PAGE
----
photo of graffiti of 112 crossed out on sidewalk

Protestors In Bangkok Call For Political Prisoner Release

Peerapon Boonyakiat/SOPA Images via ZUMA Wire

Freedom of speech at stake

"Article 112 shuts down all freedom of speech in this country", says Sirikan. "Even the political parties fear to touch the subject, so it blocks most things. This country cannot move anywhere if we still have this law."

The student activist herself was charged with lèse-majesté in September 2020, after simply citing a list of public documents that refer to royal family expenditure. Sirikan comes from a family that has faced the consequences of decades of political repression. Her grandfather, Tiang Sirikhan was a journalist and politician who openly protested against Thailand's involvement in World War II. He was accused of being a Communist and abducted in 1952. According to Sirikhan's family, he was killed by the state.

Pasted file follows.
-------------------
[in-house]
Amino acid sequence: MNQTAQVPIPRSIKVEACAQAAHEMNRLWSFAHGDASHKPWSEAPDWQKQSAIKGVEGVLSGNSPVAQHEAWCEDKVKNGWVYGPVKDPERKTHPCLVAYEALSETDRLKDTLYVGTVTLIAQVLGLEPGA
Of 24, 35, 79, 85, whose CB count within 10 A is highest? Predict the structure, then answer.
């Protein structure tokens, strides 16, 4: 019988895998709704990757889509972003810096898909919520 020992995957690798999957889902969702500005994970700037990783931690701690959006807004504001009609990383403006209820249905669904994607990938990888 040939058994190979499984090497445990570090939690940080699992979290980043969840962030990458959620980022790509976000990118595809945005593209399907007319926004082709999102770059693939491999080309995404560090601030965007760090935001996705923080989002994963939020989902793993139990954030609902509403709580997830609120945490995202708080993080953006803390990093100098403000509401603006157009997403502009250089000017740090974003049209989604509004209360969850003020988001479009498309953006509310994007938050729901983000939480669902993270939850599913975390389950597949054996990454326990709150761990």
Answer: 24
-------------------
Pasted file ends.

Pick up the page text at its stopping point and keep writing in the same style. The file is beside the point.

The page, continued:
The new report was conducted by The International Federation for Human Rights (FIDH), Thai Lawyer for Human Rights (TLHR), and Internet Law Reform Dialogue (iLaw). It accuses Thai authorities of an increasingly broad interpretation of Article 112, to the point of "absurdity," including charges against people for criticizing the government's COVID-19 vaccine management, wearing crop tops, insulting the previous monarch, or quoting a United Nations statement about Article 112.

Juthatip Sirikan speaks in front of democracy monument.

Shift to social media